The war changed how people did and saw things. Even animated films, in the guise of entertainment, joined in the war effort. In this section, you'll find classics of the genre and get an overview of the conflict before discovering archival footage, comments and opinions on the main themes treated in the other sections of the site.
Each film on this site is available for viewing at low speed or high speed.
Low speed: recommended if your Internet connection uses a dial-up modem (56 kbps or slower). Low-speed viewing results in lower quality image and sound.
High speed: recommended if you have high-speed Internet (DSL, cable modem) or are connected to an institutional network. Viewing in high-speed mode may cause occasional jerky images and sound interruptions if the speed of your connection is not fast enough.
If you're not sure which speed to use for viewing the films, try high speed first. If the results are not satisfactory, switch to low speed.
Films can be available for viewing in either Macromedia Flash or QuickTime. Image and sound quality are similar for all these formats.
Flash: lets you view the film directly in the Web page without launching an external application. Requires the Flash plug-in (download for free at Macromedia Flash Player).
QuickTime (alternative format): requires QuickTime, version 7 or more recent (download for free at QuickTime).
Closed captions (CC)
Translation of the audio portion of a film into subtitles, for example, dialogue, narration, sound effects, etc. These captions let hearing-impaired viewers read what they cannot hear. Closed captions are available for a few films. To access them, you must select QuickTime (under Format) and With closed captions (under Accessibility).
Described video (DV)
A narrated description of a film's key visual elements to enable the vision-impaired to form a mental picture of what is happening on screen. Described video is available for a few films. To access them, you must select QuickTime (under Format) and With described video (under Accessibility).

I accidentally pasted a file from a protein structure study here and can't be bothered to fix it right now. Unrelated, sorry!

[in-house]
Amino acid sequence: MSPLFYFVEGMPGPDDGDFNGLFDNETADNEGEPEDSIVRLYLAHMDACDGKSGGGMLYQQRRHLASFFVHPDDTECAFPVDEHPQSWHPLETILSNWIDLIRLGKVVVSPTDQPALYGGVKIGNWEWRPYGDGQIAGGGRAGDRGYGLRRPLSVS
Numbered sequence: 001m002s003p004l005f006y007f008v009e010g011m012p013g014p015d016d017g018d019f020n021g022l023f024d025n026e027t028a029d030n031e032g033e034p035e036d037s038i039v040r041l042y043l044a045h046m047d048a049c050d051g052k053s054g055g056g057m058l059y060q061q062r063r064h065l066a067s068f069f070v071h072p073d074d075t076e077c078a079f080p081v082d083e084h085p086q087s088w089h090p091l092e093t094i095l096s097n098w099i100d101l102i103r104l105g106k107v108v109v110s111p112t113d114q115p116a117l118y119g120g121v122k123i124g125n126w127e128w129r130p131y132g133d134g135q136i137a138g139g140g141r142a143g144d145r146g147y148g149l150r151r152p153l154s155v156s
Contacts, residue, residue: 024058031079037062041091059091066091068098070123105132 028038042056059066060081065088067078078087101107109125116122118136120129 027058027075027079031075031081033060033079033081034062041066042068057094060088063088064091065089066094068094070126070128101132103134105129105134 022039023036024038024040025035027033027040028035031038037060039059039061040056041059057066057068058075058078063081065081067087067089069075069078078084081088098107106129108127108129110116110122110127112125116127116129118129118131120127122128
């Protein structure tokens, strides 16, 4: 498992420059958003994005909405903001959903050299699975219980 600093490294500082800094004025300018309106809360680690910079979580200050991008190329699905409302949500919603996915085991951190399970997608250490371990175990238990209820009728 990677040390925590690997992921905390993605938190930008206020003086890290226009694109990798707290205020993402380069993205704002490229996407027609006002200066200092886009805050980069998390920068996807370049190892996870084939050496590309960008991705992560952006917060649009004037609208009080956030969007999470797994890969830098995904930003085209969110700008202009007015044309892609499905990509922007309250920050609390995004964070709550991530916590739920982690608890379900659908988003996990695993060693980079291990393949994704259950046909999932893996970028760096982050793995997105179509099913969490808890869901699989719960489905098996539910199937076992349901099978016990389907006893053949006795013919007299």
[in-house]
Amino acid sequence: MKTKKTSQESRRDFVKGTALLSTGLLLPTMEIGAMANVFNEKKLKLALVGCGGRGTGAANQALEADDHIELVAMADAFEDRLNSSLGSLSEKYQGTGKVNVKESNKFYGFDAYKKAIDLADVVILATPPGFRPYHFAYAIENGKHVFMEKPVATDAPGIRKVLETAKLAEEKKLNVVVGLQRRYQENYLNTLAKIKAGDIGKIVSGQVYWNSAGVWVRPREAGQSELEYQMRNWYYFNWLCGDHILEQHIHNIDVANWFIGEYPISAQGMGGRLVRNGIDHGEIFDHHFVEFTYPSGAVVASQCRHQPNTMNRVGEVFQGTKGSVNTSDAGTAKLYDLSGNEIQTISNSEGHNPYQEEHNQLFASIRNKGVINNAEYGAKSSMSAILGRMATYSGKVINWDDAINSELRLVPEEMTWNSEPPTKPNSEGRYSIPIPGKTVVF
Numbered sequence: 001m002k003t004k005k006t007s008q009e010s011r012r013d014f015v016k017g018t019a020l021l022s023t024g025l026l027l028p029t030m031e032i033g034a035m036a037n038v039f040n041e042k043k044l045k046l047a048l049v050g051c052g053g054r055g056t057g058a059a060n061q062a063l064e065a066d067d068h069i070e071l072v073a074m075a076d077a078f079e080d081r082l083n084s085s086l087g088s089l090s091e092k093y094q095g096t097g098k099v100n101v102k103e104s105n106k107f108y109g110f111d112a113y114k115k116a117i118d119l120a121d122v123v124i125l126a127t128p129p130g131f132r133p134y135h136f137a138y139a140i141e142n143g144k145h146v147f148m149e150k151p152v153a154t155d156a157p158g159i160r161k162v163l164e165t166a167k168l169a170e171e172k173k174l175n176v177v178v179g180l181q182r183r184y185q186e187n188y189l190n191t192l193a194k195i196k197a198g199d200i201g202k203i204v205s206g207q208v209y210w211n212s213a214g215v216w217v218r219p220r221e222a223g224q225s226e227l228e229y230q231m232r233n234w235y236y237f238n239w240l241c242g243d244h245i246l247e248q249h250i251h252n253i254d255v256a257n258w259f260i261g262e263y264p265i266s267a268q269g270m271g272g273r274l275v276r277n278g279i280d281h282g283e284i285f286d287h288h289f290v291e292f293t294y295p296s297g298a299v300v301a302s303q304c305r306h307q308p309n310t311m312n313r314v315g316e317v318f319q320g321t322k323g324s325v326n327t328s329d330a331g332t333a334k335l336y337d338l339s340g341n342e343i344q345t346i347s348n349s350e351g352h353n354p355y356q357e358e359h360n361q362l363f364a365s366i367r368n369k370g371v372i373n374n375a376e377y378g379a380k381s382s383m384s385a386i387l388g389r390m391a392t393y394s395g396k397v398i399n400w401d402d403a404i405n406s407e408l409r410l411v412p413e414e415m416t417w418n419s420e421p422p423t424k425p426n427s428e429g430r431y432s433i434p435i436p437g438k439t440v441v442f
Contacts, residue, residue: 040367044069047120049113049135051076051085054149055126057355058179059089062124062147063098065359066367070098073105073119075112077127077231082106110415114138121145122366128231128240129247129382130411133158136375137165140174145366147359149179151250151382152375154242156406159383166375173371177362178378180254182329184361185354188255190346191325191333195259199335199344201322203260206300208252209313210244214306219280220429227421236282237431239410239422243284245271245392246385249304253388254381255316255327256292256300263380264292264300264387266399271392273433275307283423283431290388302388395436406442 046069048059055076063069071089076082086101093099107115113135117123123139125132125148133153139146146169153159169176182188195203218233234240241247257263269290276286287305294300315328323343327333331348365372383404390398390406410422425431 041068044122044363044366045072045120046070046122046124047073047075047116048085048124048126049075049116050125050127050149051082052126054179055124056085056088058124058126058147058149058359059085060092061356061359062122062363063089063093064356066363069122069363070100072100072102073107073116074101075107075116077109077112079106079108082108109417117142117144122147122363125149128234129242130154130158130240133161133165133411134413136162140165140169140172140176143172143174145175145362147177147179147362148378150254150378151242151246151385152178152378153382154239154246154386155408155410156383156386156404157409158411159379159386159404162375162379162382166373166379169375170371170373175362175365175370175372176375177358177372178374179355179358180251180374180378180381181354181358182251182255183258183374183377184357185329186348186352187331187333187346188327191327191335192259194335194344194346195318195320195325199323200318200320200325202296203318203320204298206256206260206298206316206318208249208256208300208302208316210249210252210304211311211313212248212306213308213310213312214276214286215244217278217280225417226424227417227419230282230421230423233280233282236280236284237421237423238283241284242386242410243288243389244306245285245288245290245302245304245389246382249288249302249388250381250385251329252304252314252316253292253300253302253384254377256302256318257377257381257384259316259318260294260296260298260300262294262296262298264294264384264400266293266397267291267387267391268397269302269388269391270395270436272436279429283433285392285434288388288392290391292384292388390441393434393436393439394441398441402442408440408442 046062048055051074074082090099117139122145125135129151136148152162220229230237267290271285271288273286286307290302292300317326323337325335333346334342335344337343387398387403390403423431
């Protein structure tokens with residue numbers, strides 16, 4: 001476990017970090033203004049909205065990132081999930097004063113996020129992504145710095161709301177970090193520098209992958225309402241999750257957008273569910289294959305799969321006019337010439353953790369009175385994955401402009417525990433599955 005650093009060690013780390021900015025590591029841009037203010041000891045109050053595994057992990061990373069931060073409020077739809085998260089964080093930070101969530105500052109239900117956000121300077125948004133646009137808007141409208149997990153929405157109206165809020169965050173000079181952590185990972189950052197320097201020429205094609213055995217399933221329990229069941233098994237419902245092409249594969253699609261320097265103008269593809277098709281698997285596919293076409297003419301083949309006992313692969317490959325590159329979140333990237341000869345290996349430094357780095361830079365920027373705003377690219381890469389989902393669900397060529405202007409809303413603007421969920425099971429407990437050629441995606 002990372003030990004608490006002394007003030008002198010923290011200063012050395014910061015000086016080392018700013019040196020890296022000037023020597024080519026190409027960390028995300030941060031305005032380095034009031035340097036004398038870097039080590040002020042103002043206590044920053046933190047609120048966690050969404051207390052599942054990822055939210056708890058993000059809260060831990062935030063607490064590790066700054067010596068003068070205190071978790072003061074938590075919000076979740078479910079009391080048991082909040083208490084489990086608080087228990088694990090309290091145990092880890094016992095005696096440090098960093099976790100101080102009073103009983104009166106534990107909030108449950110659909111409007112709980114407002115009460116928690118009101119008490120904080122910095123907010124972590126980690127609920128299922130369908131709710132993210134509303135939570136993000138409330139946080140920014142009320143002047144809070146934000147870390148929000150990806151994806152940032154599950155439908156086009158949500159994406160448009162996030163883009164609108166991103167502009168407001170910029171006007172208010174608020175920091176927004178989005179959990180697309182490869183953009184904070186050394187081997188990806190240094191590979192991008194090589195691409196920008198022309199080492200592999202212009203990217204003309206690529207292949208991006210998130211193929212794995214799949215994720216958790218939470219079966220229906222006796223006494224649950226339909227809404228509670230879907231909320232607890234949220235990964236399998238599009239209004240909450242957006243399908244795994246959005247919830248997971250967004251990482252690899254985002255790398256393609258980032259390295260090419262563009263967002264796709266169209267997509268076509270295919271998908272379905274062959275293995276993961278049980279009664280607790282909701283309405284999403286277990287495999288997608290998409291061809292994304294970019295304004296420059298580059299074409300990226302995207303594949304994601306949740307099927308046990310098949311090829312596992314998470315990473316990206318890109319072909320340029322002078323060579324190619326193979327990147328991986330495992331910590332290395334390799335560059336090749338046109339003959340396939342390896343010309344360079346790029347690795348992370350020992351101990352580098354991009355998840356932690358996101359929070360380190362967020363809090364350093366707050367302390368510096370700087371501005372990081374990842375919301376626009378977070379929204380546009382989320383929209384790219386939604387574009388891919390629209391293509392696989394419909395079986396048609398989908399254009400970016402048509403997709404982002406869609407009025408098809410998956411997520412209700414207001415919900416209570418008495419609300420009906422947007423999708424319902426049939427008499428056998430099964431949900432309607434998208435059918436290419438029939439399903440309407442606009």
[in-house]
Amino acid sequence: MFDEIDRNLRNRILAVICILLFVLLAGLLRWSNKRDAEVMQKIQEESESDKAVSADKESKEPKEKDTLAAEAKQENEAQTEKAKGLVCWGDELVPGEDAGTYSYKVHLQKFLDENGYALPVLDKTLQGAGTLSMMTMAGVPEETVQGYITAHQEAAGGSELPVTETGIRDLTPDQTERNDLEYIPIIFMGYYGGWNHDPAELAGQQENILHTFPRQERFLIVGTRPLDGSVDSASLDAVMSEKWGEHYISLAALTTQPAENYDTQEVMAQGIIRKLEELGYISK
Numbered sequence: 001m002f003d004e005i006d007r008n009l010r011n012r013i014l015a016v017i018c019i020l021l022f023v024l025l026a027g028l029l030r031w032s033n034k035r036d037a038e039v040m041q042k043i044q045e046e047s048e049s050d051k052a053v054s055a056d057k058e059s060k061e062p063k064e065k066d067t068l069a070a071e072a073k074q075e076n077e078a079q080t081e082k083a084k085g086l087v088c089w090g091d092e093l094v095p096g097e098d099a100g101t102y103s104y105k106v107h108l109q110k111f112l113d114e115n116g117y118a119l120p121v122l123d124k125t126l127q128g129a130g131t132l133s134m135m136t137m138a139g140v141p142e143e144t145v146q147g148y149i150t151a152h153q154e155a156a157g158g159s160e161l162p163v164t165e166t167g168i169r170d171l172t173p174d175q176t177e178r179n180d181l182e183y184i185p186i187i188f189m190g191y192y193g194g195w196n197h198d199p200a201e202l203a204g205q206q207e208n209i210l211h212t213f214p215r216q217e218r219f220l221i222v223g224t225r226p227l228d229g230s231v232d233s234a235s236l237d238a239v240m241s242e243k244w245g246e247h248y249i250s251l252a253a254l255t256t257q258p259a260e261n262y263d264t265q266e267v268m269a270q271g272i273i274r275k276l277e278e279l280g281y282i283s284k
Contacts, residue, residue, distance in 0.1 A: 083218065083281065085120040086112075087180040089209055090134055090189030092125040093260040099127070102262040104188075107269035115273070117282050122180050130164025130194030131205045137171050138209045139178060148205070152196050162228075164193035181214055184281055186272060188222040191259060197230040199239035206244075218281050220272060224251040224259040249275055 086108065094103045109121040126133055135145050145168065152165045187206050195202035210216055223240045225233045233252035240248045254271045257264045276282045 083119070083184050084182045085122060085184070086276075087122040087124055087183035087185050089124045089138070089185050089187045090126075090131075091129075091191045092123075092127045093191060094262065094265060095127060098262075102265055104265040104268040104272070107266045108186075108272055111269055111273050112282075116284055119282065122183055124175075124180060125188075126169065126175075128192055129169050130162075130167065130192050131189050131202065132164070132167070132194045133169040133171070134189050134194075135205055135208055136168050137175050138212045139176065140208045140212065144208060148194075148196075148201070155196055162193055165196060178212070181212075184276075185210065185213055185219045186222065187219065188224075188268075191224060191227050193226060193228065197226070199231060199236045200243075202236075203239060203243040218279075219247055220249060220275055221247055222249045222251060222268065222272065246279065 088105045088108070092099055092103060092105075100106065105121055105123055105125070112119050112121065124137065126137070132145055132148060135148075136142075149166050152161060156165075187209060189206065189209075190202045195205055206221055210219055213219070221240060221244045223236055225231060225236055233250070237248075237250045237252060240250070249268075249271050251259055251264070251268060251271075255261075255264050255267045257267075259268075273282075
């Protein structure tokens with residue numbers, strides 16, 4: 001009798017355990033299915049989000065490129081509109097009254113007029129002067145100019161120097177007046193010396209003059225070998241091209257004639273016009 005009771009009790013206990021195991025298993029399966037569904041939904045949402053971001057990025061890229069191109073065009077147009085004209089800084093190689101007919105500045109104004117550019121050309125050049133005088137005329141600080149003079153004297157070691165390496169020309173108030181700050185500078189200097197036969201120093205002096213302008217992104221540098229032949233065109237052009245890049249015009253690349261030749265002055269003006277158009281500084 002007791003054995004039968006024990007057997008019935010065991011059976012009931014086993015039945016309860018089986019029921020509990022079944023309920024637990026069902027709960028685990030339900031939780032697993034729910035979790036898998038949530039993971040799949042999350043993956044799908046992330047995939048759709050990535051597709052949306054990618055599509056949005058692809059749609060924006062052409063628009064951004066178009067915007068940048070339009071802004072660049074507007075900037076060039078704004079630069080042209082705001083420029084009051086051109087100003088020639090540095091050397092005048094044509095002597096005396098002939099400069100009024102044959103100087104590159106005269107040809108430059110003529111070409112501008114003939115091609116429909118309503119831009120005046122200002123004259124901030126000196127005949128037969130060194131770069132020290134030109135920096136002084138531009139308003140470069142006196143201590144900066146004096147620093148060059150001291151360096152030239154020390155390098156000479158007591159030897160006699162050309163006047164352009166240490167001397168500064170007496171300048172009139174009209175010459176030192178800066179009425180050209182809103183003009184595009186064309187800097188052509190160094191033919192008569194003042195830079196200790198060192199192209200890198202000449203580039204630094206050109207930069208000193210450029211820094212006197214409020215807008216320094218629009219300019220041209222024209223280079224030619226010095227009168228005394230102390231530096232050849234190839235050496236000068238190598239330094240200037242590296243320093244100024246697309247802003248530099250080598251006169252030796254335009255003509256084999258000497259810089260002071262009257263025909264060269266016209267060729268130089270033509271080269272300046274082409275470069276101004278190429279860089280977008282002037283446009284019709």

Men and machines begin the move down to the Channel coast of England. Naval vessels gather, air raids are mounted on German positions and routes of supply. The long-awaited D-Day invasion is about to begin. The camera pans the faces of Canadian soldiers, sailors and airmen who traveled across the ocean to play their part in the fight. Meanwhile, the wives and children they left behind have found their own way to become part of the war effort--by joining up themselves, or by going to work in the factories and shipyards. Turning the Tide takes us from the outbreak of war in September 1939 to June 1944, when the allied armies landed in Normandy to fight the Germans in history's largest seaborne invasion. Among the landmark events of the years between, covered by combat cameramen, are the Battle of Britain, the tragic raid on Dieppe, the landing in Sicily, and the battle for Ortona. Interspersed with archival footage are the vivid memories of men and women who recall life during the war years. Part one of the series.